Another professional, Harish Kumar, says, “I have been having diabetes for the past 10 years now. I work for an IT company. I depend on the external pancreas(automatic insulin pump). Major challenges I had so far were educating people about the difference between type 1 and type 2 and the common myth that they had.

Apart from that, I wasnt much aware of type 1 diabetes treatments and less educated. Self study about it helped me a lot in managing it now. Understanding ones body metabolism and being ones own doctor helped me achieve good glycaemic control.”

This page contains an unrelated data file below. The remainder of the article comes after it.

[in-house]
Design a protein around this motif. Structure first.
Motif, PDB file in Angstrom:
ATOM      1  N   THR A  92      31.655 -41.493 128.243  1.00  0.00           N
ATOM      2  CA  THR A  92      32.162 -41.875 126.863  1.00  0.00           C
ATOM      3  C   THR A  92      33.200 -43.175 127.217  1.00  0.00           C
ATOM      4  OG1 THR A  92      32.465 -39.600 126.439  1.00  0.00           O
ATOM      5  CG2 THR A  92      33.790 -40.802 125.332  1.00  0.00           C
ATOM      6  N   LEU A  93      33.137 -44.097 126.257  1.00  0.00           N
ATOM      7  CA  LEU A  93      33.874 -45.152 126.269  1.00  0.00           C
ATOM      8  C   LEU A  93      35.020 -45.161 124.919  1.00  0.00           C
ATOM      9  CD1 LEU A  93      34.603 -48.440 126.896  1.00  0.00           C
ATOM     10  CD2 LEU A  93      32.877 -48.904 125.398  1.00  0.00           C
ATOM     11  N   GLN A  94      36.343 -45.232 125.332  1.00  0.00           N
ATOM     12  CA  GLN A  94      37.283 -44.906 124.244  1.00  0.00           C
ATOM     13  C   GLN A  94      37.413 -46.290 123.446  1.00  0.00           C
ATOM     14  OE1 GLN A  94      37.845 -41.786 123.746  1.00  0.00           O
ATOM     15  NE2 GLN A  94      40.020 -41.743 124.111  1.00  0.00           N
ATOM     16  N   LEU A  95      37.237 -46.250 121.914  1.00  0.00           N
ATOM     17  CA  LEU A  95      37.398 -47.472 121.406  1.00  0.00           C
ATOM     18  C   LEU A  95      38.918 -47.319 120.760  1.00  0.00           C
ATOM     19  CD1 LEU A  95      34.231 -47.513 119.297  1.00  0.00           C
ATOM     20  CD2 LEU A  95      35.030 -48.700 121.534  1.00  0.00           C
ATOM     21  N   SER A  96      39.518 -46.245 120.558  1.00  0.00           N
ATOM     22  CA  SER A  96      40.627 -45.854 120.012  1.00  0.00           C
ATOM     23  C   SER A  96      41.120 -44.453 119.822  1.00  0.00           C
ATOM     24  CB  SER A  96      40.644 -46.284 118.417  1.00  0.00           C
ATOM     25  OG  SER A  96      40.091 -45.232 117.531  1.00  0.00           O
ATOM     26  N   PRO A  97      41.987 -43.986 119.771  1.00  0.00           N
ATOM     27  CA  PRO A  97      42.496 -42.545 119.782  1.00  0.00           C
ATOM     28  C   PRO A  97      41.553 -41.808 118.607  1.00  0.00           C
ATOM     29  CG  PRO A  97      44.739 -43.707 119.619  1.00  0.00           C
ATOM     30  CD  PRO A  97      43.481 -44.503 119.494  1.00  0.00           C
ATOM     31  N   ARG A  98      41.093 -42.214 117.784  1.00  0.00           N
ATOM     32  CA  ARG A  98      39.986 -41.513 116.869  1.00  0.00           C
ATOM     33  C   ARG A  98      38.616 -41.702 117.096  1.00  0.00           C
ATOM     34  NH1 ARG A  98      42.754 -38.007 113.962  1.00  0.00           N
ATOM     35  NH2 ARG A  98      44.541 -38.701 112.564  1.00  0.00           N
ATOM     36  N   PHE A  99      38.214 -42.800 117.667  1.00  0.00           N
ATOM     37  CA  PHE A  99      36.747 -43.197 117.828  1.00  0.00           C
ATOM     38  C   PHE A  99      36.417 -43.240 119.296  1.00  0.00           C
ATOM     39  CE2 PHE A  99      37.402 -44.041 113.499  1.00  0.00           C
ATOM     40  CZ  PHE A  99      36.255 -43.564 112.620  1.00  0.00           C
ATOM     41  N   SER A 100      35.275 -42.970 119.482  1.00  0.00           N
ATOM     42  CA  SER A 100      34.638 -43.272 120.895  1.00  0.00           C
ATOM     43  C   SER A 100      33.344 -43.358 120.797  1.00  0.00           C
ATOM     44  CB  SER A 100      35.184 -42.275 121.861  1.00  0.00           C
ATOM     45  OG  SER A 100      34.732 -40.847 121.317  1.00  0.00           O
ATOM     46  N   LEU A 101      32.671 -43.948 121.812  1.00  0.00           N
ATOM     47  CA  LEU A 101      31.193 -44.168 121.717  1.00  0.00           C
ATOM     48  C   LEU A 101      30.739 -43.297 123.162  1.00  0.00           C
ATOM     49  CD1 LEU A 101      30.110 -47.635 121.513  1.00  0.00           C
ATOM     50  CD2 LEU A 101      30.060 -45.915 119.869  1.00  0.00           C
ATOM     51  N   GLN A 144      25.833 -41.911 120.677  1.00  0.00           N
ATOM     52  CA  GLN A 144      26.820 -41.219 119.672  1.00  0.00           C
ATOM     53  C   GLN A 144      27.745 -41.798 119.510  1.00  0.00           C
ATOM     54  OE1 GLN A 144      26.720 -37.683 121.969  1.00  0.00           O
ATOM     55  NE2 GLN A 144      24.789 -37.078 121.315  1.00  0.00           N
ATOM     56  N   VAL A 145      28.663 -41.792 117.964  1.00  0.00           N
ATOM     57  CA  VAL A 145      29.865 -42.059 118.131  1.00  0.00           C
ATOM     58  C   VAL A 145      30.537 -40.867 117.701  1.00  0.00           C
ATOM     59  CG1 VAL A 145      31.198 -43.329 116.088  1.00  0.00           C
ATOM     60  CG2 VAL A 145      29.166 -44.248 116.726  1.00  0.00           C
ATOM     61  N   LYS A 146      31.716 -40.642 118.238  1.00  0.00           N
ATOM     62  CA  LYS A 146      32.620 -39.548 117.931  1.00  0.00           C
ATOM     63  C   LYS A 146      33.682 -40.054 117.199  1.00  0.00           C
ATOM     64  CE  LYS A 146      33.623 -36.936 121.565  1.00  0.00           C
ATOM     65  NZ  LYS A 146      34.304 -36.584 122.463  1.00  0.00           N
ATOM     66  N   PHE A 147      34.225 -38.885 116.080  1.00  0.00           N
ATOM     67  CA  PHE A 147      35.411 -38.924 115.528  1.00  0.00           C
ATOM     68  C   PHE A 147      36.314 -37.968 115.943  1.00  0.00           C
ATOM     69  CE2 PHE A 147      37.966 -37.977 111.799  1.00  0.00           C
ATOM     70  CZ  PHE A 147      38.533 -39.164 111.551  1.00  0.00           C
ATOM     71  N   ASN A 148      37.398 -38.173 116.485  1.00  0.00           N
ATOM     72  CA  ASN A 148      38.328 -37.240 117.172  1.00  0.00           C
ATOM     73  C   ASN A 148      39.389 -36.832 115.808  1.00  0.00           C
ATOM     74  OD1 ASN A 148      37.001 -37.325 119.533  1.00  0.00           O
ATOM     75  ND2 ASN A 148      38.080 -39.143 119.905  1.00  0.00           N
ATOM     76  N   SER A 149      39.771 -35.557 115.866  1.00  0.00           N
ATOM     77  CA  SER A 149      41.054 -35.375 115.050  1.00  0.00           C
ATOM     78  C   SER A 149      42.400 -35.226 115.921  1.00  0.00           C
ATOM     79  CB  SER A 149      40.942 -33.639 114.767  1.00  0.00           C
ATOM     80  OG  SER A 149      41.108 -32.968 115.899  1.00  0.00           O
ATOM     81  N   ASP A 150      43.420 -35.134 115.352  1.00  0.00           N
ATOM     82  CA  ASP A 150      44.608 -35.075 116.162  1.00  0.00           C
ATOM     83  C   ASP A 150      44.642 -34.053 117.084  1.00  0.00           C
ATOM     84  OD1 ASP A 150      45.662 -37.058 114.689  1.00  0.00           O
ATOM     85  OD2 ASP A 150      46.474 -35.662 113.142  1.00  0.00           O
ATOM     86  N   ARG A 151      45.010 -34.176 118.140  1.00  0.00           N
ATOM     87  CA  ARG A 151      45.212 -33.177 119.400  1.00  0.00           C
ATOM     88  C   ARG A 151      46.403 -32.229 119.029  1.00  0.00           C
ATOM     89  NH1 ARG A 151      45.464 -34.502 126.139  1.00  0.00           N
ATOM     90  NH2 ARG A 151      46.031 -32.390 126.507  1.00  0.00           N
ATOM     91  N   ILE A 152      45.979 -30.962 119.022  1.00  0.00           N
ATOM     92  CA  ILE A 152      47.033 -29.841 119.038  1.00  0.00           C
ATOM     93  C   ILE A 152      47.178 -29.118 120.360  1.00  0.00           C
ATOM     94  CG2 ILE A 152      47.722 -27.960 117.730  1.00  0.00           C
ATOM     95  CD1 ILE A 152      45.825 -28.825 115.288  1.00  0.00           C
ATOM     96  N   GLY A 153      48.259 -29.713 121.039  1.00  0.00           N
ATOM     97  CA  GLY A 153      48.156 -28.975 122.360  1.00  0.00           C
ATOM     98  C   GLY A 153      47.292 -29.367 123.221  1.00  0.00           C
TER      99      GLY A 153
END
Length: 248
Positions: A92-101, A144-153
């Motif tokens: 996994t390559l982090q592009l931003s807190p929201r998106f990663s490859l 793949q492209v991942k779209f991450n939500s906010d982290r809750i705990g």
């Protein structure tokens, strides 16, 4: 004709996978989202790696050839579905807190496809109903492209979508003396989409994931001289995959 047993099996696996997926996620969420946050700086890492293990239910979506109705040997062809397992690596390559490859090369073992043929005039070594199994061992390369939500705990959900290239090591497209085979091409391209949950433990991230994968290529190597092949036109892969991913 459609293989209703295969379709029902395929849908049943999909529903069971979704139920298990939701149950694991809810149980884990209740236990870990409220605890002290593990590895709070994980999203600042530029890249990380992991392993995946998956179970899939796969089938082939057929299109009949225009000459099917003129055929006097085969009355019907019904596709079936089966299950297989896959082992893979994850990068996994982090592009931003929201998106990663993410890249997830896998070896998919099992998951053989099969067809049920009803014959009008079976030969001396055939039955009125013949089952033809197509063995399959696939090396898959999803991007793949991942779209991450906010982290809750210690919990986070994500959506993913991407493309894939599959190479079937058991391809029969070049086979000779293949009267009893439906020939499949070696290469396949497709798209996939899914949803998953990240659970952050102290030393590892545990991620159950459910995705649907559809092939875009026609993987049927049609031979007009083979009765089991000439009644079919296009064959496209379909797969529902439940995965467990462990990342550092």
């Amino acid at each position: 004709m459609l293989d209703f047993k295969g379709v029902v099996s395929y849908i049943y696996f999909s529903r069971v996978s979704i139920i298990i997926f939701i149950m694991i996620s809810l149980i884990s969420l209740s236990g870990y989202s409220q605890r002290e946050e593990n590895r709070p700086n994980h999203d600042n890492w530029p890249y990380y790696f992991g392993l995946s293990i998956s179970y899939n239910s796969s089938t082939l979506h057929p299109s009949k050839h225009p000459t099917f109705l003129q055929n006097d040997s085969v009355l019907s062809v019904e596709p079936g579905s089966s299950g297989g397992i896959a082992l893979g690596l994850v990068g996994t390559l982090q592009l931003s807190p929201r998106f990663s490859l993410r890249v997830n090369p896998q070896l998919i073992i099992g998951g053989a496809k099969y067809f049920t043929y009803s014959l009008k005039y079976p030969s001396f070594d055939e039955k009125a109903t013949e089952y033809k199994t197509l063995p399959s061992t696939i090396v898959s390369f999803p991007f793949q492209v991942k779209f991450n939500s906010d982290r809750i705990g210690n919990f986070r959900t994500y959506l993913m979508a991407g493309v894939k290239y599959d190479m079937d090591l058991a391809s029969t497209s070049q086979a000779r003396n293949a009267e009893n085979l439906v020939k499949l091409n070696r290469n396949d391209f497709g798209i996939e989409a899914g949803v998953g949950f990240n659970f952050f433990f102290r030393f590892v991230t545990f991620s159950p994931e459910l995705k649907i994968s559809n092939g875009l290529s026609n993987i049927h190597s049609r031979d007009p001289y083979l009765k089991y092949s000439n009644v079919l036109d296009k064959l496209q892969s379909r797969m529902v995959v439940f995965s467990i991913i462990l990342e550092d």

As one can see, there is a good system of networking and support for type 1 diabetes children and parents. Friends Forever has been functioning as a support group for type 1 children since 2002 to avoid feelings of isolation, stepping up group activities and outings, to enhance a sense of camerederie amongst the children. Here is a personal tribute to all the children who face the challenges of diabetes daily:

No matter how high or low,

Their sugars go,

They are far from slow, 

And that we know. 

Never far behind,

In body or mind,

They are one of a kind.

From the word “Go” ,

 They go with the flow, 

To  become a  ‘Super Hero”. 

VIDYULATHA ASHOK.